This week our house will be filled with girls, the uneven balance my daughter Katie and I experience everyday tipped solidly into the territory of all things feminine. Camp Starks is set to begin Wednesday night, described by Katie in the promotional brochure as a “three day all girls camp dedicated to making fun summer memories, especially for kids too young to attend other camps.”
The idea for Camp Starks was born last year in a conversation with a friend about providing care for her young daughters while she was away for the week. I commented that we could make their time at our house kind of like a summer camp experience, thinking that would be more appealing than “babysitting.” That was about as far as my creativity extended, however; Katie was the one who took the idea and ran with it.
Soon she was busy planning games, crafts, field trips, enlisting her best friend’s help, with the idea that Hadley’s younger sister could also attend our camp. She tapped her older brothers for their lifeguarding skills, enlisting them to teach swim lessons and guard during open swim times. My artist friend Kim (also Hadley’s mom) agreed to work in her studio with the girls, helping them to create handmade paper and clay figures. When the possibility of inviting boys came up, Katie held strong; her heart was to create a community for girls.
It was a full three days. We learned a lot. We learned that things rarely go as planned; flexibility is crucial. We learned that three is a hard number for girls (and women, too): the tendency to pair up often left one out. We learned that simple things bring great joy, like giggling in the tent at night while telling stories. We learned that the desire to be noticed by boys starts young, an innocent desire to be sure, but something about the difference they recognized created a whole new level of showing off and clamoring for attention from Lifeguard Tim and Lifeguard Matt. Most of all, we learned how important relationships are to girls.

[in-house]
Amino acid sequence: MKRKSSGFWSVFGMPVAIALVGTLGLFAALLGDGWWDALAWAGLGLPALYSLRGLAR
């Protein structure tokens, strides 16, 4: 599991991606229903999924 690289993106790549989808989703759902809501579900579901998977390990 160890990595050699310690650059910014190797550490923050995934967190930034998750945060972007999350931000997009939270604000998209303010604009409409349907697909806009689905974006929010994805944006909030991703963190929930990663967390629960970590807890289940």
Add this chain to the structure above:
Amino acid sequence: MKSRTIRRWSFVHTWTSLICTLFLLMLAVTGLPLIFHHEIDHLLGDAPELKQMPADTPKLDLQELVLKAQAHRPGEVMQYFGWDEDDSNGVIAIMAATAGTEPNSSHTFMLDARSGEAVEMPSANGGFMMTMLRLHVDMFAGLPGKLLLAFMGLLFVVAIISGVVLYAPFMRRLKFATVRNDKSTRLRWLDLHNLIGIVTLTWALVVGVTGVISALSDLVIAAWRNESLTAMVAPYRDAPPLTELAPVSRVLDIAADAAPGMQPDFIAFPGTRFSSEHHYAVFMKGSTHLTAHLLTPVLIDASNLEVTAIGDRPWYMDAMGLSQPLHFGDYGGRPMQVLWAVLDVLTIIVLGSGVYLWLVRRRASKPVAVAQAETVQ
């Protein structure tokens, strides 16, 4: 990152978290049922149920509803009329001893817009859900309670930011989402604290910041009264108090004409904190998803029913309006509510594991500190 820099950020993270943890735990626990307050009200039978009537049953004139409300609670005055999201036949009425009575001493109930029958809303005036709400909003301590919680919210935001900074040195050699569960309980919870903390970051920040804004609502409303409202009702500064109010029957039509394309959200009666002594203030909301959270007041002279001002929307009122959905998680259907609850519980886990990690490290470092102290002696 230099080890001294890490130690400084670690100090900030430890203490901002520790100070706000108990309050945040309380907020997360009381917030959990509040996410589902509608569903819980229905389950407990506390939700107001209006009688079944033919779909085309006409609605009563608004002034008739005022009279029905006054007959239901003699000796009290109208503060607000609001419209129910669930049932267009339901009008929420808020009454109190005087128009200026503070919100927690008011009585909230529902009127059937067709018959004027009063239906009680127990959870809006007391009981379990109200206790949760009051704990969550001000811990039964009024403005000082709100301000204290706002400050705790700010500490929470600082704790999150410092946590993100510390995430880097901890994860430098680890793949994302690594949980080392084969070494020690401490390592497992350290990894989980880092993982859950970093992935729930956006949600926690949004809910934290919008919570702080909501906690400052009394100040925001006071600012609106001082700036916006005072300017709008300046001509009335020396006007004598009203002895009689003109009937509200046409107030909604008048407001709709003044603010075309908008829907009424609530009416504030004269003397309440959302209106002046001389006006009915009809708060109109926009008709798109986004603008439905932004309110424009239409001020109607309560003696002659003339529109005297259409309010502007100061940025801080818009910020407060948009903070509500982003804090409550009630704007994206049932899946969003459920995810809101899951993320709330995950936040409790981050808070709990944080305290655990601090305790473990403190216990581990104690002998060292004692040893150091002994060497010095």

Over the past year, I’ve had time to ponder women and relationships and community and loneliness and celebration and longings and loyalty and loss. I’ve wrestled with the awareness that I will always live with a level of emptiness and ache for more in the context of relationships, at least as long as I draw breath on this earth. Too often, a voice inside me whispers that the disappointment and complexity inevitable in my friendships with women aren’t worth it. Until I remember.
I remember my daughter’s face, lit up in delight as she plays with the little girls and laughs with Hadley. I remember Kim’s face, alive with curiosity and playfulness as she imparted her love for creating to the eager young girls wiggling on their chairs in her studio. And I remember my own heart; the fullness I hold after time spent laughing and crying with a dear friend over a cup of coffee or shopping for “girly” things with Katie, reveling in her beauty and simple confidence, but mostly our mutual enjoyment of time spent together.
So this week we come full circle, the multi-generational ritual of older girls (or women) teaching the younger and joining in a celebration of the creativity, relational capacity and beauty that is uniquely theirs as females continues. There will be moments of goodness and joy as well as disappointment and frustration; a picture of life I intend to embrace.
Janet Stark is a woman learning to embrace her depth and sensitivity. Inspired by Mary pondering things in her heart, Janet writes about her experiences here. She is grateful for the deep love she shares with her husband of 25 years, as well as her 4 children and 2 grandchildren. She is a life-long lover of words and looks forward to reading and sharing at Red Tent Living.